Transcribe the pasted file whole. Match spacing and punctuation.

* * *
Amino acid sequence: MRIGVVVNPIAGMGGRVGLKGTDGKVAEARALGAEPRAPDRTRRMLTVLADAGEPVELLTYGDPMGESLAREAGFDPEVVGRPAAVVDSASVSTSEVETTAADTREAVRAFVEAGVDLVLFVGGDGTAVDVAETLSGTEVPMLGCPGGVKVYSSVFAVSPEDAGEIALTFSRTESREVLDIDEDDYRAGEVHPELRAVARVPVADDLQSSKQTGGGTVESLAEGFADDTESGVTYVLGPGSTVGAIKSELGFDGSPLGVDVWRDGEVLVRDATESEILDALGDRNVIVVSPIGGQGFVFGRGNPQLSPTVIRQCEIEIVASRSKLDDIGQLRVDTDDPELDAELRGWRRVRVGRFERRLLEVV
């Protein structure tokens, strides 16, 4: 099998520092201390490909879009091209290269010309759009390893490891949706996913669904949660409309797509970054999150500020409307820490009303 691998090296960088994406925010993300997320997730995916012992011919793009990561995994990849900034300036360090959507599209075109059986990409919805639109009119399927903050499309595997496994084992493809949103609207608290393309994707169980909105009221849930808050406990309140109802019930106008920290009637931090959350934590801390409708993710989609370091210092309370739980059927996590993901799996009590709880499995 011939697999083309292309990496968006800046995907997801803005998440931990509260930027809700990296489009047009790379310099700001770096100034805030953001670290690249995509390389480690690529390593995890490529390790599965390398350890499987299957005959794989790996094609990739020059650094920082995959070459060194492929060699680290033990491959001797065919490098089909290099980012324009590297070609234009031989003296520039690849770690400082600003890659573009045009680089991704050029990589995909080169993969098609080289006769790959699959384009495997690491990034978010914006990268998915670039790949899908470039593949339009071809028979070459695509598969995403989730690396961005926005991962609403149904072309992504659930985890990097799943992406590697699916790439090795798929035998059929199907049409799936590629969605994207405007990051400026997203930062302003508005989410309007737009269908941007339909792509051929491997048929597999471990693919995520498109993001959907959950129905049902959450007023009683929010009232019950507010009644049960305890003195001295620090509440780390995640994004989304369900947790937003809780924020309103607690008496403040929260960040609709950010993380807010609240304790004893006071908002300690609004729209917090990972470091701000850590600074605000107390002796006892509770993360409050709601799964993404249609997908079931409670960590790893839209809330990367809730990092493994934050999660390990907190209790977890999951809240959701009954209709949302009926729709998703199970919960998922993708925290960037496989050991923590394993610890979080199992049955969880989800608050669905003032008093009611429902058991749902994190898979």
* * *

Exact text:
Amino acid sequence: MRIGVVVNPIAGMGGRVGLKGTDGKVAEARALGAEPRAPDRTRRMLTVLADAGEPVELLTYGDPMGESLAREAGFDPEVVGRPAAVVDSASVSTSEVETTAADTREAVRAFVEAGVDLVLFVGGDGTAVDVAETLSGTEVPMLGCPGGVKVYSSVFAVSPEDAGEIALTFSRTESREVLDIDEDDYRAGEVHPELRAVARVPVADDLQSSKQTGGGTVESLAEGFADDTESGVTYVLGPGSTVGAIKSELGFDGSPLGVDVWRDGEVLVRDATESEILDALGDRNVIVVSPIGGQGFVFGRGNPQLSPTVIRQCEIEIVASRSKLDDIGQLRVDTDDPELDAELRGWRRVRVGRFERRLLEVV
């Protein structure tokens, strides 16, 4: 099998520092201390490909879009091209290269010309759009390893490891949706996913669904949660409309797509970054999150500020409307820490009303 691998090296960088994406925010993300997320997730995916012992011919793009990561995994990849900034300036360090959507599209075109059986990409919805639109009119399927903050499309595997496994084992493809949103609207608290393309994707169980909105009221849930808050406990309140109802019930106008920290009637931090959350934590801390409708993710989609370091210092309370739980059927996590993901799996009590709880499995 011939697999083309292309990496968006800046995907997801803005998440931990509260930027809700990296489009047009790379310099700001770096100034805030953001670290690249995509390389480690690529390593995890490529390790599965390398350890499987299957005959794989790996094609990739020059650094920082995959070459060194492929060699680290033990491959001797065919490098089909290099980012324009590297070609234009031989003296520039690849770690400082600003890659573009045009680089991704050029990589995909080169993969098609080289006769790959699959384009495997690491990034978010914006990268998915670039790949899908470039593949339009071809028979070459695509598969995403989730690396961005926005991962609403149904072309992504659930985890990097799943992406590697699916790439090795798929035998059929199907049409799936590629969605994207405007990051400026997203930062302003508005989410309007737009269908941007339909792509051929491997048929597999471990693919995520498109993001959907959950129905049902959450007023009683929010009232019950507010009644049960305890003195001295620090509440780390995640994004989304369900947790937003809780924020309103607690008496403040929260960040609709950010993380807010609240304790004893006071908002300690609004729209917090990972470091701000850590600074605000107390002796006892509770993360409050709601799964993404249609997908079931409670960590790893839209809330990367809730990092493994934050999660390990907190209790977890999951809240959701009954209709949302009926729709998703199970919960998922993708925290960037496989050991923590394993610890979080199992049955969880989800608050669905003032008093009611429902058991749902994190898979």